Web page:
Why Should I Go to the Rotary International Convention?

By  Karin Gaffney

Here is why you should attend -  in the words of your fellow District 7910 Rotarian Steve Glines (shown, right) an assistant governor from Littleton Rotary, who attended his first RI Convention this past May in Seoul, Korea:

"Imagine a District Conference on steroids. Instead of a single club proudly displaying a poster setup of their contributions to ShelterBox, Shelter Box is there with a booth occupying several hundred square feet (or meters, if you prefer). They have examples of all the different tents and kits they provide, tailored to the emergency at hand, and knowledgeable people there to explain the differences. For example after the devastation of Fiji by a Category 5 typhoon, tarps, shovels, hammers and nails were the requirements while in Tibet, winterized tents were needed.

Every organization, company and governmental and non-governmental group that has partnered with Rotary is there, as well as hundreds of merchants hawking every kind of Rotary memorabilia imaginable. That’s just in the “House of Friendship.”
But that’s just part of it. There were the Plenary Sessions, where the business of Rotary was discussed and in some cases voted on. I sat through an interesting presentation of the inner details of the PolioPlus initiatives. It was fascinating hearing about bargaining (and bartering) a cease-fire in Nigeria so that health workers could inoculate as many children as possible against polio. I sat through a few minutes of the discussion of the Rotary Bylaws changes. I’m sure any lawyer or politician in Rotary would be fascinated and would have a great deal of input.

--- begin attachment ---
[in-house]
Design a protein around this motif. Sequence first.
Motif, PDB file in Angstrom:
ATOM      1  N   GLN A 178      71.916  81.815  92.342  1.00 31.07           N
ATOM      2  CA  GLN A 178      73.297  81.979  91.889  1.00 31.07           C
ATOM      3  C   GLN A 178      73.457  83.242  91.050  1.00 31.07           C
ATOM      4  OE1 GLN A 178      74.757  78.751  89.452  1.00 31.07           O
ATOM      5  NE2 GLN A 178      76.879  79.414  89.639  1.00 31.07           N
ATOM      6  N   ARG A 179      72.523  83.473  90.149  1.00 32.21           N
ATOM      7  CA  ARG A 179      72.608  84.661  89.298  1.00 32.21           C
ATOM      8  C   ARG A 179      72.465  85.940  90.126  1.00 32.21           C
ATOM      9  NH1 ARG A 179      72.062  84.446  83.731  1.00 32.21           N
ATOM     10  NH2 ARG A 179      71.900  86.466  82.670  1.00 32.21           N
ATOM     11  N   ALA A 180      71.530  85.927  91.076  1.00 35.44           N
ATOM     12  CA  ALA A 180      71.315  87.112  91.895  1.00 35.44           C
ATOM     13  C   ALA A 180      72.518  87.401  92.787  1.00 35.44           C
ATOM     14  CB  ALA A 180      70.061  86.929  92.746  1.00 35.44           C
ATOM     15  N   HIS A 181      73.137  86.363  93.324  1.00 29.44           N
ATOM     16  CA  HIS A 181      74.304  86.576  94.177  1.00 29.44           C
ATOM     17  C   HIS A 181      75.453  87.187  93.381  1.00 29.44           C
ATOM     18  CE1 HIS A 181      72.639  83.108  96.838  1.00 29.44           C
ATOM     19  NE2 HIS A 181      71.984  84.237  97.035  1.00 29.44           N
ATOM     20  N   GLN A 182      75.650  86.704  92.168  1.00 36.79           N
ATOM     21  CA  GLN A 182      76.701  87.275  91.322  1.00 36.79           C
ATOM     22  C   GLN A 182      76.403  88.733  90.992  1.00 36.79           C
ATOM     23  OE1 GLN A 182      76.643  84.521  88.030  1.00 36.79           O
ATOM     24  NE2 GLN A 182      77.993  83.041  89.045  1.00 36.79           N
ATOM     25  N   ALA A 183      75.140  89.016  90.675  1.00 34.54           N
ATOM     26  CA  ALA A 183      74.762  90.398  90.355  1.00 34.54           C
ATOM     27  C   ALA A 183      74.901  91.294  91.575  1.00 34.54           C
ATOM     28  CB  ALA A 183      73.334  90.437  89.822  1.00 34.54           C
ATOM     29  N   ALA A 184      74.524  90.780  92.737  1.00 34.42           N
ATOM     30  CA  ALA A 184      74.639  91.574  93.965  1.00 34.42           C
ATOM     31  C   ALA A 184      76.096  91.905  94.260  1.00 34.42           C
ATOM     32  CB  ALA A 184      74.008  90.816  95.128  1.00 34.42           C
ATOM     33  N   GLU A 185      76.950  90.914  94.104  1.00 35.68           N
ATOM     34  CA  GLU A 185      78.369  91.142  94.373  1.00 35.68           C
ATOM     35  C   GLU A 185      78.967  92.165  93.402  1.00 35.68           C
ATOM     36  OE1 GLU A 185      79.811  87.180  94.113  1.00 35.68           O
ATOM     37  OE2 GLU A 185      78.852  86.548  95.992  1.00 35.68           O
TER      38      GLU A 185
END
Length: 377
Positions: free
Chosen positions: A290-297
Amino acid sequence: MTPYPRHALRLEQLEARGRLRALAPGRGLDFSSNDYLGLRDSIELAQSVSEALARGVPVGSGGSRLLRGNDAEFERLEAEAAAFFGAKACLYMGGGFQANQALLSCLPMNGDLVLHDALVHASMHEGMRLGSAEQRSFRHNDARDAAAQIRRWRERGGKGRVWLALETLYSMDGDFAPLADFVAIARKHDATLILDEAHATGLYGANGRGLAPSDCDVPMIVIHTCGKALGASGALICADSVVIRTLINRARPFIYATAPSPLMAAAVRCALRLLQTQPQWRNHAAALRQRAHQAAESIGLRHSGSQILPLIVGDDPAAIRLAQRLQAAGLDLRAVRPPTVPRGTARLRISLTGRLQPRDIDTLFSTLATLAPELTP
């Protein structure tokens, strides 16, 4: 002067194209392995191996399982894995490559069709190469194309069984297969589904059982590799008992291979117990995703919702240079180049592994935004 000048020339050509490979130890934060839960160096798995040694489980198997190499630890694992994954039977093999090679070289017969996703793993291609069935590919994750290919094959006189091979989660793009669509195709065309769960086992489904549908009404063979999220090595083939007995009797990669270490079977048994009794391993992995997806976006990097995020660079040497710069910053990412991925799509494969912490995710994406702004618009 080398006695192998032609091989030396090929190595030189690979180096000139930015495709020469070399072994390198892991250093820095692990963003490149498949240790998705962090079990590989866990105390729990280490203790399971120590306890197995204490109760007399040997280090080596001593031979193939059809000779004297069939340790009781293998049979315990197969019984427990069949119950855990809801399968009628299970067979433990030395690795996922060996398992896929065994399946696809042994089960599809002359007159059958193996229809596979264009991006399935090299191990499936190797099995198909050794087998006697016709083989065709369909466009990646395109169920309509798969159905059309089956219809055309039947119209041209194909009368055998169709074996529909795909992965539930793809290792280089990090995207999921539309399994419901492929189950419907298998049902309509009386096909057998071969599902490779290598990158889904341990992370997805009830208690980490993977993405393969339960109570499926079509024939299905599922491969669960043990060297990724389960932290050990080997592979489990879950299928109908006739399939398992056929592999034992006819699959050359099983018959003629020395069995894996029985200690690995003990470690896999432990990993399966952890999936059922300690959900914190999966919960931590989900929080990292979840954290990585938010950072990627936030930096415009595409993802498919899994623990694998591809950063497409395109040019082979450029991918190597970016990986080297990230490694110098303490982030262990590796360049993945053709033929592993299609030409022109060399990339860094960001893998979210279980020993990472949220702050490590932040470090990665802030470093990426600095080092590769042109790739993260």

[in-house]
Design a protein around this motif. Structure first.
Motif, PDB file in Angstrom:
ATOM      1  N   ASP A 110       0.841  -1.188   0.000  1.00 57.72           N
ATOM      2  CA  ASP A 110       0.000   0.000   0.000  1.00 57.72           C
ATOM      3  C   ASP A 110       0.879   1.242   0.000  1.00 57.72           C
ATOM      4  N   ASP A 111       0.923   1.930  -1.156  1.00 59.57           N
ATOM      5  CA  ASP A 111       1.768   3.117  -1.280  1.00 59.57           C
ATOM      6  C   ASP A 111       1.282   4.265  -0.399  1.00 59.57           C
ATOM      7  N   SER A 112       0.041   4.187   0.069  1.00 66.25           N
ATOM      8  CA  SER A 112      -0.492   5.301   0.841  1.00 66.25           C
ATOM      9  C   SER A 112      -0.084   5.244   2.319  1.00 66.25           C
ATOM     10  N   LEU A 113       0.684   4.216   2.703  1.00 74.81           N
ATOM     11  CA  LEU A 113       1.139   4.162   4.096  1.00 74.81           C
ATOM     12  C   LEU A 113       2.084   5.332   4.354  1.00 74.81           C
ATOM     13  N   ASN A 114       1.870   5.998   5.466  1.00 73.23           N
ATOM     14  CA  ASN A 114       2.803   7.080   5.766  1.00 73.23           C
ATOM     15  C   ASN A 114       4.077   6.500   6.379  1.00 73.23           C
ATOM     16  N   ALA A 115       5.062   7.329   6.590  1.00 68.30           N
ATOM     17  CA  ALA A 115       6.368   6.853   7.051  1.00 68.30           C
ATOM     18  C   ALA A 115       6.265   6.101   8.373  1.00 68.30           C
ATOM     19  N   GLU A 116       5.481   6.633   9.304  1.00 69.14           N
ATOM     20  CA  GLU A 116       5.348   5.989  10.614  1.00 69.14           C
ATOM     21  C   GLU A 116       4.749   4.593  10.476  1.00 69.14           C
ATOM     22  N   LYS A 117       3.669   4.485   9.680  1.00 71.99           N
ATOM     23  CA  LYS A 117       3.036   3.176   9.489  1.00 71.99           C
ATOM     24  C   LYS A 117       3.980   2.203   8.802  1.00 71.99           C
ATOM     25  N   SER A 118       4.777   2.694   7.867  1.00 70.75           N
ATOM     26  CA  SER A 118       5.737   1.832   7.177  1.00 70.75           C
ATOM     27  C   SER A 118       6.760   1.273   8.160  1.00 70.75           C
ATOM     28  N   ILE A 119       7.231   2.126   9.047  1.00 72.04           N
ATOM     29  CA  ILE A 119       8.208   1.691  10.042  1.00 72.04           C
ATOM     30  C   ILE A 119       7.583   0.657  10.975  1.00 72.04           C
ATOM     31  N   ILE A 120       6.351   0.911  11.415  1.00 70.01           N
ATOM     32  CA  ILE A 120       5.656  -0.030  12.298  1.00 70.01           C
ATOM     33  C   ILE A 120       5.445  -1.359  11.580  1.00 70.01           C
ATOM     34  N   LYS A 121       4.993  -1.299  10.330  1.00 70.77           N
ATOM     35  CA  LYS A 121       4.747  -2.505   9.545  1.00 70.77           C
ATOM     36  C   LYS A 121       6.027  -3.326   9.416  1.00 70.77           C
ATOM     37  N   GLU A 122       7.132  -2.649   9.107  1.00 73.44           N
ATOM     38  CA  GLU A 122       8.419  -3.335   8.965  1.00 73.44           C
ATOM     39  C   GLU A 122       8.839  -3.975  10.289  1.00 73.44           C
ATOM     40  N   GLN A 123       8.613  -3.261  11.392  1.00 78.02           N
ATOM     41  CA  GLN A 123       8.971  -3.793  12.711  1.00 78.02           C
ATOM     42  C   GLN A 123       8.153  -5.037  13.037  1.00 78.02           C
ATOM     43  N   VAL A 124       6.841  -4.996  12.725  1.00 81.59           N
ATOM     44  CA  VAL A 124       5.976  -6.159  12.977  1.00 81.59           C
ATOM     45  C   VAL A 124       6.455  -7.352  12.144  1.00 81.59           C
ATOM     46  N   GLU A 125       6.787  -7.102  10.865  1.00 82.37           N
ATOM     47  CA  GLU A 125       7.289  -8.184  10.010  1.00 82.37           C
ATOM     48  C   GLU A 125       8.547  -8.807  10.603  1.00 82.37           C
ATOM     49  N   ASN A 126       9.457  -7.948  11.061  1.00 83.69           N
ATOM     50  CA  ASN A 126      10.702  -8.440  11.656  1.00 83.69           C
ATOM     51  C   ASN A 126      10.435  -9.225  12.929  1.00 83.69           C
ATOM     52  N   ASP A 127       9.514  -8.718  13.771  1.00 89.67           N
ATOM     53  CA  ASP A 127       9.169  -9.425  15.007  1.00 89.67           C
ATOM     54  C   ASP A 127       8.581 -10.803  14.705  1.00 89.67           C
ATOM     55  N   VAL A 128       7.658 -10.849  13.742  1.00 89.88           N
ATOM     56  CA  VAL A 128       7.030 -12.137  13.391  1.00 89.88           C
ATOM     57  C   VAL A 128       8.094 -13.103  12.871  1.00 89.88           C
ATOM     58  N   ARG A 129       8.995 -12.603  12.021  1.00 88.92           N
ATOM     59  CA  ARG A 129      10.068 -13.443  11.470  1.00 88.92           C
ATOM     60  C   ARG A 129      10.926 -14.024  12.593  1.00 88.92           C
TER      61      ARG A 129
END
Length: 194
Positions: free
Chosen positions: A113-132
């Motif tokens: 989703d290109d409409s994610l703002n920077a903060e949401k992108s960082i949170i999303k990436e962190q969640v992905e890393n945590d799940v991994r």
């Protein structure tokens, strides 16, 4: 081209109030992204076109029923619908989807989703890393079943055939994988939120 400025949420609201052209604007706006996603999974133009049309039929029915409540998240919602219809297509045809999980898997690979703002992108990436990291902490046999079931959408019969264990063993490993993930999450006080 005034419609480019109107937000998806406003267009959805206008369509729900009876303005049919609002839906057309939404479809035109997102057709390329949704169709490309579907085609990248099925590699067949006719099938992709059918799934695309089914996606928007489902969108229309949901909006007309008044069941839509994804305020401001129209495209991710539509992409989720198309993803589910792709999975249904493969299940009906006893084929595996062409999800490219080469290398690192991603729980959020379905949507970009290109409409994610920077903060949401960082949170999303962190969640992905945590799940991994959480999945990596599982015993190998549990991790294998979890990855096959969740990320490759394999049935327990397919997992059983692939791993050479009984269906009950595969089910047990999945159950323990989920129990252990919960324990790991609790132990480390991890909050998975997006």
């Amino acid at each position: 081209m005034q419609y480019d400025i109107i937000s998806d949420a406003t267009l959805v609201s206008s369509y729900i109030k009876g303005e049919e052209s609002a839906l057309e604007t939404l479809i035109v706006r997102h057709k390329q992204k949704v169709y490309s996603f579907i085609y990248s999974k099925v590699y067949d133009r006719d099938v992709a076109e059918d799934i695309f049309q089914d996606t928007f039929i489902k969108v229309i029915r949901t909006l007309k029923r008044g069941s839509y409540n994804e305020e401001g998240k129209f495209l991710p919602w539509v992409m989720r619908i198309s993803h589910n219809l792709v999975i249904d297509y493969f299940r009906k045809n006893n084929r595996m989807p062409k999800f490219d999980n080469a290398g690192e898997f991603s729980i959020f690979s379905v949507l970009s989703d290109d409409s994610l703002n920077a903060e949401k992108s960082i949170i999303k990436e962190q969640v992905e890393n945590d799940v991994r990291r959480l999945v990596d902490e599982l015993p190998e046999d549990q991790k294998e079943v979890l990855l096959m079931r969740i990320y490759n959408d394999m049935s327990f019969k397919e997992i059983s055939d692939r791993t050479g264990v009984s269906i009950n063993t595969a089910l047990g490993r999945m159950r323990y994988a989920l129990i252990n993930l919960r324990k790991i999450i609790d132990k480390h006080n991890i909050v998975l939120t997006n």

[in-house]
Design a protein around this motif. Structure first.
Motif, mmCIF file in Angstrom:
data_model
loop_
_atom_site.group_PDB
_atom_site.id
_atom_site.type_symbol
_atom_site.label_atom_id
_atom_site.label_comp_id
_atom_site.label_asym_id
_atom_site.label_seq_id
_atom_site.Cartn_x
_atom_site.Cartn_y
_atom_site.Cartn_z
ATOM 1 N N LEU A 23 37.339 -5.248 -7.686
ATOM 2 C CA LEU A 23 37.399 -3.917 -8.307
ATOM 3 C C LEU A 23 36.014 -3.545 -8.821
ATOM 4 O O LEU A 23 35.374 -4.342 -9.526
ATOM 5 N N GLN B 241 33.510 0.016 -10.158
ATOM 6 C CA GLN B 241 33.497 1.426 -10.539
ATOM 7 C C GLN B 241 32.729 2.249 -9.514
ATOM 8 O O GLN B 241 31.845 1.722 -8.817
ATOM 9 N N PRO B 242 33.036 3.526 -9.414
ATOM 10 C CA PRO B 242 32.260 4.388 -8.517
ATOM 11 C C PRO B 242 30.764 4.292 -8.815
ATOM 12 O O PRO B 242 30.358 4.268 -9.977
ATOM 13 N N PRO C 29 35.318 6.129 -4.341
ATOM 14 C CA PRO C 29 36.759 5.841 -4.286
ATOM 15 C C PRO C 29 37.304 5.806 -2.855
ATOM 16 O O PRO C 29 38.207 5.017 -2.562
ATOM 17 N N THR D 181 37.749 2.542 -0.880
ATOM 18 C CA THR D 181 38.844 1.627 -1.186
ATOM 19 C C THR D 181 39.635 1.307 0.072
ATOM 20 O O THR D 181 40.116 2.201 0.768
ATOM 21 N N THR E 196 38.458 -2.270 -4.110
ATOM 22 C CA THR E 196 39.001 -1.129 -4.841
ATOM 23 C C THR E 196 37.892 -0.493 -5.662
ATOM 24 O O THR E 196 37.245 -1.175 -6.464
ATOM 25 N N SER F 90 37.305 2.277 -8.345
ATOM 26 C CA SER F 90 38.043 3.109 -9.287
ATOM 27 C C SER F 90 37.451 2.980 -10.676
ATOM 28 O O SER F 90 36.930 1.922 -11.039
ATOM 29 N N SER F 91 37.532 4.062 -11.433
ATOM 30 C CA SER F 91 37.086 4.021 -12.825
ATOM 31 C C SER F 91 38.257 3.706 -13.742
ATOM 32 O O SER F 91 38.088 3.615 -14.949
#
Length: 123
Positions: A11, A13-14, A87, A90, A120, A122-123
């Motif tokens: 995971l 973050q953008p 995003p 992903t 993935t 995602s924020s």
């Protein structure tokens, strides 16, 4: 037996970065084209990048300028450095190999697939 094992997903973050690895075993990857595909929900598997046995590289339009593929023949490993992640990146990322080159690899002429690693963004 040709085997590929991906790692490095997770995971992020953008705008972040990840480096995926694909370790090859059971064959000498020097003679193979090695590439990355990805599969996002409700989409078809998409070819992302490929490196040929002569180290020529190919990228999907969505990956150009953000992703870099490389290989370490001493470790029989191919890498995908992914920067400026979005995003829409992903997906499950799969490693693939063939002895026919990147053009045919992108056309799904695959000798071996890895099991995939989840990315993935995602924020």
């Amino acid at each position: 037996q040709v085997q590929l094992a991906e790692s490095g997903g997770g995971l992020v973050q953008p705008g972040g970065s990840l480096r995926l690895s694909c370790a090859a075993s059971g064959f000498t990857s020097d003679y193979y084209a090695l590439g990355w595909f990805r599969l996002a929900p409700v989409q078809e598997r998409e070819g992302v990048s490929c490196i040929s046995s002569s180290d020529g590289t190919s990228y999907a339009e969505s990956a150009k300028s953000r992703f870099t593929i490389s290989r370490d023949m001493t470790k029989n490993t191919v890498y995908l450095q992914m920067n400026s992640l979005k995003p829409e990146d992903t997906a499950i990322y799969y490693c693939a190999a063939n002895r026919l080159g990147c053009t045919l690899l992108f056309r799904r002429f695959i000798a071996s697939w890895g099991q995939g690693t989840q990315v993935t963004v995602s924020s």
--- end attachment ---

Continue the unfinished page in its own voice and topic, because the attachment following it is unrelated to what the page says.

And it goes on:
Every day, there were dozens of talks prepared by various groups partnering with Rotary as well as district, or multiple-district partnerships that were very interesting. For example, the district that covers the Bahamas partnered with the district that covers Los Angeles to build an emergency reverse-osmosis water-generation plant for the times when hurricanes pollute the public water supplies. There was a group that wants to mobilize the PolioPlus community to eliminate malaria. There were groups of Rotarians with ham radios ready for an emergency as well as Rotarians with trucks outfitted for service in communities that get waterlogged. It seems that almost every district bounded by large bodies of water has a project designed to aid those in a flood.
Having a large, district-wide project seems to help the districts feel united.
Finally, the food. Wherever you went, there was regional food. In the case of the Seoul convention, Korean food was different enough to both peek my interest and, in some cases, frighten me off. I discovered that in South Korea, the redder the food, the hotter it gets.
As an experience, a Rotary International Convention is something not to be missed. We are blessed with next year’s convention being held in Atlanta. Lordy, I can’t wait for that southern BBQ, and peach cobbler for dessert. The best places in Atlanta are on Peachtree Street."
You may reach Littleton Rotarian Steve Glines at steveglines@gmail.com.